How to Calculate PV in Excel: A Step-by-Step Guide for Beginners

Calculating present value (PV) in Excel is simpler than it sounds. You just need to use a built-in function called "PV" and input the correct parameters. This quick guide will walk you through the steps to calculate PV in Excel, making it easy for you to find out the current worth of a series of future cash flows.

How to Calculate PV in Excel

Calculating the present value (PV) in Excel helps you determine how much a future amount of money is worth today. Follow these steps to use Excel’s PV function effectively.

Step 1: Open Excel

First, step 1 is to launch Microsoft Excel on your computer.

Opening Excel is as simple as clicking on the Excel icon in your applications menu or taskbar. If you don’t have it installed, you’ll need to download and install it first.

Step 2: Create a New Spreadsheet

Next, step 2 is to open a new blank workbook.

In Excel, select "File" from the menu and choose "New" to start a blank workbook. This will provide you with a clean slate to work on.

Step 3: Enter the PV Function

For step 3, click on a cell where you want the result and type =PV(.

This initiates the PV formula. You’ll notice that Excel will show a tooltip with the parameters needed for the function: rate, nper, pmt, [fv], [type].

Step 4: Input the Rate

Next, step 4 is to enter the interest rate.

Type the annual interest rate divided by the number of periods per year. For example, if the annual rate is 5% and payments are monthly, you would input 5%/12.

Step 5: Enter the Number of Periods

For step 5, input the total number of payment periods.

If your loan is for 10 years with monthly payments, you would type 10*12. This calculates the total number of months.

Step 6: Input the Payment Amount

Next, step 6 is to enter the payment amount.

Type the recurring payment amount in the formula. This should be the same amount for each period. If you’re making monthly payments of $1000, you would input -1000.

Step 7: Enter Future Value (Optional)

Step 7 is to input the future value (if applicable).

If there is a lump sum to be paid or received at the end of the period, input that here. If not, you can leave this blank or set it to zero.

Step 8: Input Payment Type (Optional)

For step 8, specify when payments are made (optional).

Enter 0 if payments are made at the end of the period or 1 if they’re made at the beginning. By default, it’s set to 0.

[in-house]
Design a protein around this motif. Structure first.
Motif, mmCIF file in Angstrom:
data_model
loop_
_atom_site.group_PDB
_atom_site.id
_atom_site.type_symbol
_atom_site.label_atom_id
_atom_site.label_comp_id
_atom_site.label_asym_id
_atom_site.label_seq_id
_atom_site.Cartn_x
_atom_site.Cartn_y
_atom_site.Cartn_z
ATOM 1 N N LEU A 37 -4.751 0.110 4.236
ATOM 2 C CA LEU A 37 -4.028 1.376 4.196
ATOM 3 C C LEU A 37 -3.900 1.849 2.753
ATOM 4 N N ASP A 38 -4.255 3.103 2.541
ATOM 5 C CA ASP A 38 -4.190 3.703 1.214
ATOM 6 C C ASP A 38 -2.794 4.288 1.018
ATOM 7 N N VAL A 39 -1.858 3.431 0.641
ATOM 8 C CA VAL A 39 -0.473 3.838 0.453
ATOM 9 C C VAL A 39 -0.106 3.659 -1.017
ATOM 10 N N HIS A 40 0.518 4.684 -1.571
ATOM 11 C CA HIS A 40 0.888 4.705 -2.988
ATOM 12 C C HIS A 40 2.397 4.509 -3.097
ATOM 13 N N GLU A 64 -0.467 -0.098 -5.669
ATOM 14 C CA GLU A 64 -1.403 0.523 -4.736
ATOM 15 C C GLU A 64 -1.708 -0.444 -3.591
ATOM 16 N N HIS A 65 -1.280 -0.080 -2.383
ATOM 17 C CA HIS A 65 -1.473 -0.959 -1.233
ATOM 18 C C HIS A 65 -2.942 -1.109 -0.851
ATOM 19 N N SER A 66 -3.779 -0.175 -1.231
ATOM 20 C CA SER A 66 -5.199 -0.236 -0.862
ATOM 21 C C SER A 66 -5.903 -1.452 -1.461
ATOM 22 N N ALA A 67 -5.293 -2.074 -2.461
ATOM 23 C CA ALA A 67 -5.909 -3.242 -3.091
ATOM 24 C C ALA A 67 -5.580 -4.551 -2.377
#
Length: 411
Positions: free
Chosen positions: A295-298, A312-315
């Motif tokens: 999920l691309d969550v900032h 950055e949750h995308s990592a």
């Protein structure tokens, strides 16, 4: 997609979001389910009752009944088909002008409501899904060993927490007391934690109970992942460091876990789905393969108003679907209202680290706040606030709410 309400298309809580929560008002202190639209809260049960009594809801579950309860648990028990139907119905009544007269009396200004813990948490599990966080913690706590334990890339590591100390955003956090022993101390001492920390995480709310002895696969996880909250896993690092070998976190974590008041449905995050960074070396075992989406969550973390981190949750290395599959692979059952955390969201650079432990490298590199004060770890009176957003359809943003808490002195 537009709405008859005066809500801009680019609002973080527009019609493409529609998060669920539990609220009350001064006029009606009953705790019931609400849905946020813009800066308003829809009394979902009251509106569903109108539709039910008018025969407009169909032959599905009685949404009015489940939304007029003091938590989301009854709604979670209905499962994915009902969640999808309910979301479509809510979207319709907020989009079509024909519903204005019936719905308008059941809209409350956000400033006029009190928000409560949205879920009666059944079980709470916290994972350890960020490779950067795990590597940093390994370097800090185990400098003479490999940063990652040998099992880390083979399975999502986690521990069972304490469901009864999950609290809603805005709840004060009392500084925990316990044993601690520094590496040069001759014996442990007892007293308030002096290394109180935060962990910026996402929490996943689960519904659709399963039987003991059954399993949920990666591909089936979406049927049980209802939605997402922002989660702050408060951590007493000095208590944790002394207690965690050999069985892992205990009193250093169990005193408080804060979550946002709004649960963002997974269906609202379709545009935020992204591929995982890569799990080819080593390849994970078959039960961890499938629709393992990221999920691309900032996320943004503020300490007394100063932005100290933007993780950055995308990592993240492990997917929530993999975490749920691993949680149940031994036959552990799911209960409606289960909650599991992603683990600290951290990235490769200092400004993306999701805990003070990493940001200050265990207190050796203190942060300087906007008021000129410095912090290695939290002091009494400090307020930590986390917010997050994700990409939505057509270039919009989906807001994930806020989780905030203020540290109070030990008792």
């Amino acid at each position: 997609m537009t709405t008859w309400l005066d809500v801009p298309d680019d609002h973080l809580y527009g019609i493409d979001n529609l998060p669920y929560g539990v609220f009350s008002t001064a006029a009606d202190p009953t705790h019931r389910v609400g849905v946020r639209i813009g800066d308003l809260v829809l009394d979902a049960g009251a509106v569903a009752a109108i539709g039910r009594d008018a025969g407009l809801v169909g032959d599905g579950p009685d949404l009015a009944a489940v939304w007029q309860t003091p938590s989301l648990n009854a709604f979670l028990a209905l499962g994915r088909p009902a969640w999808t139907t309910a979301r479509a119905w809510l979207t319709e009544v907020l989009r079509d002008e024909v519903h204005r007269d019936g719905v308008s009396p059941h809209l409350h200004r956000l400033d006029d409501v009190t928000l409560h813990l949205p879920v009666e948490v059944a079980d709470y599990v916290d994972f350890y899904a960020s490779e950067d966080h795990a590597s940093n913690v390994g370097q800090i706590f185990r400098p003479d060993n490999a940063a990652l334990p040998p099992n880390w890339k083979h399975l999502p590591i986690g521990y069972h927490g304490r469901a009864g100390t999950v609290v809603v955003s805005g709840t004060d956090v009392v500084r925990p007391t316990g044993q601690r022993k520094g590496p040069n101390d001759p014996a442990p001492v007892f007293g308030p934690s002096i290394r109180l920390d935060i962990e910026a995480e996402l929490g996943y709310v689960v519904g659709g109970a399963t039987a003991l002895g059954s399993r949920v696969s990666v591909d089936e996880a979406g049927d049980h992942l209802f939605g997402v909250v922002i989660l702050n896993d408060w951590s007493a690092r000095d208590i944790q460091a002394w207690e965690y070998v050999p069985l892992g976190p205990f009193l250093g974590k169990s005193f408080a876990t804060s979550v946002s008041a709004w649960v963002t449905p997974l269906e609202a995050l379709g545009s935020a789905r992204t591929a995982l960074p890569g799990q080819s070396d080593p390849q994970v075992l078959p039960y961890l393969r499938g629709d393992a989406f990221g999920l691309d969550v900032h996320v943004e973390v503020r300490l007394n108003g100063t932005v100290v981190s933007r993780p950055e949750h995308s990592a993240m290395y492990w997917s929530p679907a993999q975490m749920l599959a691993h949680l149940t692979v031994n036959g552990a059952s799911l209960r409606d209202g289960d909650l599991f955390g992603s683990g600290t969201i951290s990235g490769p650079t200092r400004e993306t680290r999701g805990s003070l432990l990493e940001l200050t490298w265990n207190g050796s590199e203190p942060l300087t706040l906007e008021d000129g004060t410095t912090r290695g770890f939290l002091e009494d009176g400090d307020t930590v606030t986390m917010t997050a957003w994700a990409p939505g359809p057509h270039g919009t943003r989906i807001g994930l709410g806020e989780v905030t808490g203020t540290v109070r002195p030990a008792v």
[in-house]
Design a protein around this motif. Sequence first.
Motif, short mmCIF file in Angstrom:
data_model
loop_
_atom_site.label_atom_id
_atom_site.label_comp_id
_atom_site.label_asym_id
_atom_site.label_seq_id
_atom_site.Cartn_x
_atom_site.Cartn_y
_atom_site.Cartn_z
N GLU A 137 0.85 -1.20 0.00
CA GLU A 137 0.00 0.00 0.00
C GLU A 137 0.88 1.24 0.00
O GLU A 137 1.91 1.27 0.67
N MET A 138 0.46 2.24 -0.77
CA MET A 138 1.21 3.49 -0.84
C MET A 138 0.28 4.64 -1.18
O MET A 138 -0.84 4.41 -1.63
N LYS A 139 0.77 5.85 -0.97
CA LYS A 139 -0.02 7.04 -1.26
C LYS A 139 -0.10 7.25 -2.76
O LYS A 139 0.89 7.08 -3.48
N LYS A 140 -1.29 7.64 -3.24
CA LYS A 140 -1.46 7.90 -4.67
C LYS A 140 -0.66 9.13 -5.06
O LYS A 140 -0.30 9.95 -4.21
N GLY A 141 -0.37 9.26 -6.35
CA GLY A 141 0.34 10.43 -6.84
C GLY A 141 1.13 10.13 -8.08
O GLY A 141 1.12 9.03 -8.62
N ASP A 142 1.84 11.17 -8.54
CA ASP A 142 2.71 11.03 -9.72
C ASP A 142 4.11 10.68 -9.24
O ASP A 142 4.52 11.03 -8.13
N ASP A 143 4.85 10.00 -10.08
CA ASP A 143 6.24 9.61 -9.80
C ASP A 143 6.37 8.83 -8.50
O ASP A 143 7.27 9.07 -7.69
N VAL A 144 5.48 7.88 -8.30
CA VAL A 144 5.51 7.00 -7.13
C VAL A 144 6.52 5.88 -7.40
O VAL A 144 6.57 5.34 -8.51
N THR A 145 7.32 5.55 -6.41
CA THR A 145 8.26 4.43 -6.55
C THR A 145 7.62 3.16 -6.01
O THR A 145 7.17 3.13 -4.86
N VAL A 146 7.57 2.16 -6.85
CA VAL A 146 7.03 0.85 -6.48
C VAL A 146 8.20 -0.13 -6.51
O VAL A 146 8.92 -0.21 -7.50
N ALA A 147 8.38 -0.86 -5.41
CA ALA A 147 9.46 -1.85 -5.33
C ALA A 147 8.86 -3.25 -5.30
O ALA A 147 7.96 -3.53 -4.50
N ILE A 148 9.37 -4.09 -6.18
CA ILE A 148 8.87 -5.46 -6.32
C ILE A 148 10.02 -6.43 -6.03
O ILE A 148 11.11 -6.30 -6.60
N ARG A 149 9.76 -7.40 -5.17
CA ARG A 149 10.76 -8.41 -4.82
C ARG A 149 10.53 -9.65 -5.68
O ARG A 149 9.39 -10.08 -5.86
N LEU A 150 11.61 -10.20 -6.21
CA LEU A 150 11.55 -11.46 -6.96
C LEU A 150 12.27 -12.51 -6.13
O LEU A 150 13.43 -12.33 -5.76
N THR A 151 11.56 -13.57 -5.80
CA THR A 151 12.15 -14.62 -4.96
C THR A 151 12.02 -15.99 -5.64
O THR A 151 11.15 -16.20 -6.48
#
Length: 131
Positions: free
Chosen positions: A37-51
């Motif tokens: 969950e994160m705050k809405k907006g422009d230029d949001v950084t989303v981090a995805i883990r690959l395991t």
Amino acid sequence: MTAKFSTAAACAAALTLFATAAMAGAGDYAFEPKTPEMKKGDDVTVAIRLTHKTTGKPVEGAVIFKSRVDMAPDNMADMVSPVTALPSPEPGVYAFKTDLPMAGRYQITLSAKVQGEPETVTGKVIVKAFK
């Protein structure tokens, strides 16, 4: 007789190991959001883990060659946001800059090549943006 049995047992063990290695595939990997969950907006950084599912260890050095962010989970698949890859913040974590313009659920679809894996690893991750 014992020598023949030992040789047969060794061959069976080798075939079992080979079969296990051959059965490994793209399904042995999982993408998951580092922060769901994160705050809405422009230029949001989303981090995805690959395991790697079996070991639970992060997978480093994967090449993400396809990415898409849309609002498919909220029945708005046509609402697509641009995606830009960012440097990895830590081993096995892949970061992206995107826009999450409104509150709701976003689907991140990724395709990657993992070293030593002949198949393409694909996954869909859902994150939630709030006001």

Step 9: Close the Parenthesis and Press Enter

Finally, step 9 is to complete the formula.

Close the parenthesis and hit Enter. The cell will now display the present value.

Once you complete these steps, Excel will display the present value, showing you how much the series of future payments is worth in today’s terms.

Tips for Calculating PV in Excel

  • Double-Check Your Inputs: Make sure all numbers are in the correct format.
  • Use Cell References: Instead of typing numbers directly, use cell references to make adjustments easier.
  • Understand the Function: Familiarize yourself with each parameter to avoid mistakes.
  • Adjust for Compounding: Ensure the rate and number of periods align with the compounding frequency.
  • Utilize Help Resources: Use Excel’s built-in help or online tutorials for additional guidance.

Frequently Asked Questions

What is PV in Excel?

PV stands for Present Value. It calculates what a series of future cash flows is worth in today’s dollars.

Can I use PV for irregular payments?

No, the PV function is designed for regular, equal payments. For irregular payments, you would need a different approach.

What does the "rate" parameter represent?

The "rate" parameter represents the interest rate per period. Make sure to adjust this for the frequency of payments.

How do I handle payments at different times?

Use the "type" parameter to specify whether payments occur at the beginning or end of each period.

Can I calculate PV for multiple cash flows?

Yes, but you may need to sum multiple PV calculations for each individual cash flow if they are not uniform.


  1. Open Excel
  2. Create a New Spreadsheet
  3. Enter the PV Function
  4. Input the Rate
  5. Enter the Number of Periods
  6. Input the Payment Amount
  7. Enter Future Value (Optional)
  8. Input Payment Type (Optional)
  9. Close the Parenthesis and Press Enter


Calculating PV in Excel is a breeze once you know the steps. With this guide, you should feel more confident about using the PV function to determine the present value of future cash flows. Whether you’re budgeting for a loan or planning an investment, knowing how to calculate PV will arm you with the financial insight you need.

For further reading, you might want to explore Excel’s other financial functions like FV (Future Value) and NPV (Net Present Value). These tools can add more depth to your financial analysis. Now that you’ve mastered the basics, dive in and start experimenting with different scenarios to see how powerful Excel can be!

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